It's very common for people to spend more in the early years of retirement, and it's important to build that assumption into your planning. To avoid overspending, you should think through all of your goals and concerns for your retirement—everything from travel and leisure to where you want to live and how you might handle health-care expenses—and start working with your financial advisor on a strategy that takes all of this into account.
You'll need to get down to basics: Consider all of your expenses and your income streams—investments, business, Social Security, even a pension or annuity income. Your home could also be a piece of the puzzle. Moving to a smaller house or a lower-tax locale could free up money each month for those trips you want to take.
If you estimate that your spending will be more than your income, you can make adjustments. Working an additional year or two can help put your savings on a firmer footing. Or maybe working part-time for a few years, then taking a few years off to play, then working a little again, will let you enjoy some of what you've been looking forward to while giving your investments extra time to grow.
For more insights on planning for leisure expenses in retirement, check out “Leisure in Retirement: Beyond the Bucket List."
3 Questions to Ask Your Advisor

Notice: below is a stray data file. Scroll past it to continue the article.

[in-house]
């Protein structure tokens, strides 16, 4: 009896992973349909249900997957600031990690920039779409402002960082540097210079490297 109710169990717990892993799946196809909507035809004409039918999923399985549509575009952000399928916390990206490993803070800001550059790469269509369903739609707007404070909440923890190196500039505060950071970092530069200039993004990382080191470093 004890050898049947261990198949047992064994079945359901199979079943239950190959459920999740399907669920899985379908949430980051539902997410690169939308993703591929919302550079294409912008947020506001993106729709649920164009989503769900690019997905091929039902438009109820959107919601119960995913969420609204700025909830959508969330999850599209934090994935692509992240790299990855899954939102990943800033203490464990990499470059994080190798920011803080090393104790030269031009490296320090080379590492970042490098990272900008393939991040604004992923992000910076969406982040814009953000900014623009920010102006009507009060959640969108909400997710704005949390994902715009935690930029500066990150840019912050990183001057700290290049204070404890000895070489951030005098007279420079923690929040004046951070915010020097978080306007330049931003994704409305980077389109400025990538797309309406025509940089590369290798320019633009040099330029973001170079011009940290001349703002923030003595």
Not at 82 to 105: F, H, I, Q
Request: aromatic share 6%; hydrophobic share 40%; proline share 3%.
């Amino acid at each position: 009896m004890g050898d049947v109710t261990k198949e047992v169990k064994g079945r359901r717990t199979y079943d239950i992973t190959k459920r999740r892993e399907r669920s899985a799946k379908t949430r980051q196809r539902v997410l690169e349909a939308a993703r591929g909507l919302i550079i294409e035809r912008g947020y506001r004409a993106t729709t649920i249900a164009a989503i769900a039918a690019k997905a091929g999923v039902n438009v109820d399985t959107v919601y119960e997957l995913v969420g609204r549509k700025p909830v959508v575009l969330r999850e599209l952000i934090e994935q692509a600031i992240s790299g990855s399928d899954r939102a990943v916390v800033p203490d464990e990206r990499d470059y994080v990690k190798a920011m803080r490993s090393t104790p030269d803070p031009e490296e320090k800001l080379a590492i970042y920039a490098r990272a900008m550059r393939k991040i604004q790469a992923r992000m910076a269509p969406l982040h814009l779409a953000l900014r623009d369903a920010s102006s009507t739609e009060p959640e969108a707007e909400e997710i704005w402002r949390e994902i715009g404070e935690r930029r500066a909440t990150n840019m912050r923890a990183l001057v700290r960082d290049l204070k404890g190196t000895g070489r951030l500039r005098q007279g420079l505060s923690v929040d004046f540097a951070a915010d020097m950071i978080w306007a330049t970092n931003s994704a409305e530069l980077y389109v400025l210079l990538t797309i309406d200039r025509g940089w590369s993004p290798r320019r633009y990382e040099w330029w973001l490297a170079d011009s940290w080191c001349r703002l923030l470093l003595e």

- How can my spouse and I coordinate when we take Social Security to maximize our benefits?
- Does it make sense for me to work a little longer to ensure a comfortable retirement?
- Do I have an appropriate mix of investments to help me meet my retirement goals?
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This material does not take into account your particular investment objectives, financial situations or needs and is not intended as a recommendation, offer or solicitation for the purchase or sale of any security, financial instrument, or strategy. Before acting on any information in this material, you should consider whether it is suitable for your particular circumstances and, if necessary, seek professional advice. Any opinions expressed herein are given in good faith, are subject to change without notice, and are only correct as of the stated date of their issue.